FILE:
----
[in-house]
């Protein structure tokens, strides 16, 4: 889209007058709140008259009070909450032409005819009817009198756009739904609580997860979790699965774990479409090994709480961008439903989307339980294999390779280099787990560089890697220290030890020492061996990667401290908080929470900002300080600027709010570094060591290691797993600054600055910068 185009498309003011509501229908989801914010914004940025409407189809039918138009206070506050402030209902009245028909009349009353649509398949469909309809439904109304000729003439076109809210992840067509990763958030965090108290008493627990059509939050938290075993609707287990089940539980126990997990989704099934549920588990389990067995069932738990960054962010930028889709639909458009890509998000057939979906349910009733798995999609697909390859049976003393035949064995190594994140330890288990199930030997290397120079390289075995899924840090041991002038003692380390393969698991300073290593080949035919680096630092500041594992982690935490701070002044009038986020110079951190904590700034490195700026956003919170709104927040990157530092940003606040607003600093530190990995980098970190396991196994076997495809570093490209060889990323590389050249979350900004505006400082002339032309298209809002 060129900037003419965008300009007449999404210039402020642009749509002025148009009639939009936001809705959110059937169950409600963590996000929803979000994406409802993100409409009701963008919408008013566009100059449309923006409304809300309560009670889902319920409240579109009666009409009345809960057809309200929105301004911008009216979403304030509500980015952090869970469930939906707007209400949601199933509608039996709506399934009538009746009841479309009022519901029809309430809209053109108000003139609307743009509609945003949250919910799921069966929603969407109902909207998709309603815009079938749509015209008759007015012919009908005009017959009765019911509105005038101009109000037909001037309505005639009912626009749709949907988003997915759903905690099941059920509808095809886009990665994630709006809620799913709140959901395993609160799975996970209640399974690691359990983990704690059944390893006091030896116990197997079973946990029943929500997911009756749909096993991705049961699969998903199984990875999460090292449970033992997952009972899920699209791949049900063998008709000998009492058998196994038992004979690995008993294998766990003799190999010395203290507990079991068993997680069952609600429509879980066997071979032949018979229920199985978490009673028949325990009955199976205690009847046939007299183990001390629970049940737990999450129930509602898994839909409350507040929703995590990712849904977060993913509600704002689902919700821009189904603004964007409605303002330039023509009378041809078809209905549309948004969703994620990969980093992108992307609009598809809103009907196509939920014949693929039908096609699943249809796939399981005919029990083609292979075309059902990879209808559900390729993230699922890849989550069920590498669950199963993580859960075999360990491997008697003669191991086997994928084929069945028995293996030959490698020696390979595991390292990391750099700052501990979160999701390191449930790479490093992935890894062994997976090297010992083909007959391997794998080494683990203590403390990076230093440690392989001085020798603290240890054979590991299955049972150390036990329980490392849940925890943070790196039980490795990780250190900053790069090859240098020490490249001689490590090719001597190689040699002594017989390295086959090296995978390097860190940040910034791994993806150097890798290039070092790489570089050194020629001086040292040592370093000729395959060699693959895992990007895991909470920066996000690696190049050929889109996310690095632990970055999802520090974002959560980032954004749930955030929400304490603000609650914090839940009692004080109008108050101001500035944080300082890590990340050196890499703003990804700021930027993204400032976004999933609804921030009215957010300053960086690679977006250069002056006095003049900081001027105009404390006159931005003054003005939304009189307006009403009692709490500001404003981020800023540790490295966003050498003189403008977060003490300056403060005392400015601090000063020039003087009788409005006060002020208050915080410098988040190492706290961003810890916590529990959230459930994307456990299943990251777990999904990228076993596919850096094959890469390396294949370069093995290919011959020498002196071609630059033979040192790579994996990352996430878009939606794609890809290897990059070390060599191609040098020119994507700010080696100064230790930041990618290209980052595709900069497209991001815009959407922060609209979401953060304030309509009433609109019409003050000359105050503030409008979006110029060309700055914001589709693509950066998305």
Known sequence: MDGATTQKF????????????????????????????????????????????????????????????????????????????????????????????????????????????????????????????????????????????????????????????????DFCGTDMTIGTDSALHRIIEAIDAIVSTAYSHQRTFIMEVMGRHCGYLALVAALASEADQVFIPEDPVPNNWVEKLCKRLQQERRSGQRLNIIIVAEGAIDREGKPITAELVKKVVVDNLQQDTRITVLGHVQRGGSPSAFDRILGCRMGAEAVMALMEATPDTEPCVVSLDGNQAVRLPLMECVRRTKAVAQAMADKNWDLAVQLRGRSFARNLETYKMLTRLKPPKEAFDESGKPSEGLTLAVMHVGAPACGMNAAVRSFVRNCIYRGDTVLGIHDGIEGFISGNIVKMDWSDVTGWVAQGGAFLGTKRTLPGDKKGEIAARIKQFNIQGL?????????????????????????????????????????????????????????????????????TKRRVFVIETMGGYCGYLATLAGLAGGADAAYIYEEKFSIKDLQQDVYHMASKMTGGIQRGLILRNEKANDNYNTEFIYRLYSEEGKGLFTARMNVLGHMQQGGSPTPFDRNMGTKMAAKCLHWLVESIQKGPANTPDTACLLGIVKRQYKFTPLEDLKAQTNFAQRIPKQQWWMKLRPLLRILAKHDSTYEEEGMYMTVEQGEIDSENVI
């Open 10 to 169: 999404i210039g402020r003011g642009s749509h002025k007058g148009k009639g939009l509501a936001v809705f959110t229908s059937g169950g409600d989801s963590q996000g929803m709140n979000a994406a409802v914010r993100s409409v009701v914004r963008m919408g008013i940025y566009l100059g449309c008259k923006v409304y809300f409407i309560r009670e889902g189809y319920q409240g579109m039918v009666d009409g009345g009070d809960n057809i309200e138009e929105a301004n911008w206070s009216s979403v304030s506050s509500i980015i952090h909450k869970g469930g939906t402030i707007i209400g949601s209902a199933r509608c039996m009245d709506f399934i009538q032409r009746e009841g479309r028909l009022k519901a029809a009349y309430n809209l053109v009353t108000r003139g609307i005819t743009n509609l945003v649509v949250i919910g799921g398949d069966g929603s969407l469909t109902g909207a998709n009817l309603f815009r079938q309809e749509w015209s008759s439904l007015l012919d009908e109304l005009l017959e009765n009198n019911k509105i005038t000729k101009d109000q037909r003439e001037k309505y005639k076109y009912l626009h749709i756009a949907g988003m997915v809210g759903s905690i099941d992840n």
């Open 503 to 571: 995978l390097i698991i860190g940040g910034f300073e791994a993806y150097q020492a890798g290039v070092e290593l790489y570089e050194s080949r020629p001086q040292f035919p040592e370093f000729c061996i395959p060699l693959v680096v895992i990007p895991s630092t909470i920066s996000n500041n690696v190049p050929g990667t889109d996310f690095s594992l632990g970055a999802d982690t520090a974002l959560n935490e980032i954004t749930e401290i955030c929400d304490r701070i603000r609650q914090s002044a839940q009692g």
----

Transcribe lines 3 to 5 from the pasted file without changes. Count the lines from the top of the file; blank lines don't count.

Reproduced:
Known sequence: MDGATTQKF????????????????????????????????????????????????????????????????????????????????????????????????????????????????????????????????????????????????????????????????DFCGTDMTIGTDSALHRIIEAIDAIVSTAYSHQRTFIMEVMGRHCGYLALVAALASEADQVFIPEDPVPNNWVEKLCKRLQQERRSGQRLNIIIVAEGAIDREGKPITAELVKKVVVDNLQQDTRITVLGHVQRGGSPSAFDRILGCRMGAEAVMALMEATPDTEPCVVSLDGNQAVRLPLMECVRRTKAVAQAMADKNWDLAVQLRGRSFARNLETYKMLTRLKPPKEAFDESGKPSEGLTLAVMHVGAPACGMNAAVRSFVRNCIYRGDTVLGIHDGIEGFISGNIVKMDWSDVTGWVAQGGAFLGTKRTLPGDKKGEIAARIKQFNIQGL?????????????????????????????????????????????????????????????????????TKRRVFVIETMGGYCGYLATLAGLAGGADAAYIYEEKFSIKDLQQDVYHMASKMTGGIQRGLILRNEKANDNYNTEFIYRLYSEEGKGLFTARMNVLGHMQQGGSPTPFDRNMGTKMAAKCLHWLVESIQKGPANTPDTACLLGIVKRQYKFTPLEDLKAQTNFAQRIPKQQWWMKLRPLLRILAKHDSTYEEEGMYMTVEQGEIDSENVI
């Open 10 to 169: 999404i210039g402020r003011g642009s749509h002025k007058g148009k009639g939009l509501a936001v809705f959110t229908s059937g169950g409600d989801s963590q996000g929803m709140n979000a994406a409802v914010r993100s409409v009701v914004r963008m919408g008013i940025y566009l100059g449309c008259k923006v409304y809300f409407i309560r009670e889902g189809y319920q409240g579109m039918v009666d009409g009345g009070d809960n057809i309200e138009e929105a301004n911008w206070s009216s979403v304030s506050s509500i980015i952090h909450k869970g469930g939906t402030i707007i209400g949601s209902a199933r509608c039996m009245d709506f399934i009538q032409r009746e009841g479309r028909l009022k519901a029809a009349y309430n809209l053109v009353t108000r003139g609307i005819t743009n509609l945003v649509v949250i919910g799921g398949d069966g929603s969407l469909t109902g909207a998709n009817l309603f815009r079938q309809e749509w015209s008759s439904l007015l012919d009908e109304l005009l017959e009765n009198n019911k509105i005038t000729k101009d109000q037909r003439e001037k309505y005639k076109y009912l626009h749709i756009a949907g988003m997915v809210g759903s905690i099941d992840n």
């Open 503 to 571: 995978l390097i698991i860190g940040g910034f300073e791994a993806y150097q020492a890798g290039v070092e290593l790489y570089e050194s080949r020629p001086q040292f035919p040592e370093f000729c061996i395959p060699l693959v680096v895992i990007p895991s630092t909470i920066s996000n500041n690696v190049p050929g990667t889109d996310f690095s594992l632990g970055a999802d982690t520090a974002l959560n935490e980032i954004t749930e401290i955030c929400d304490r701070i603000r609650q914090s002044a839940q009692g």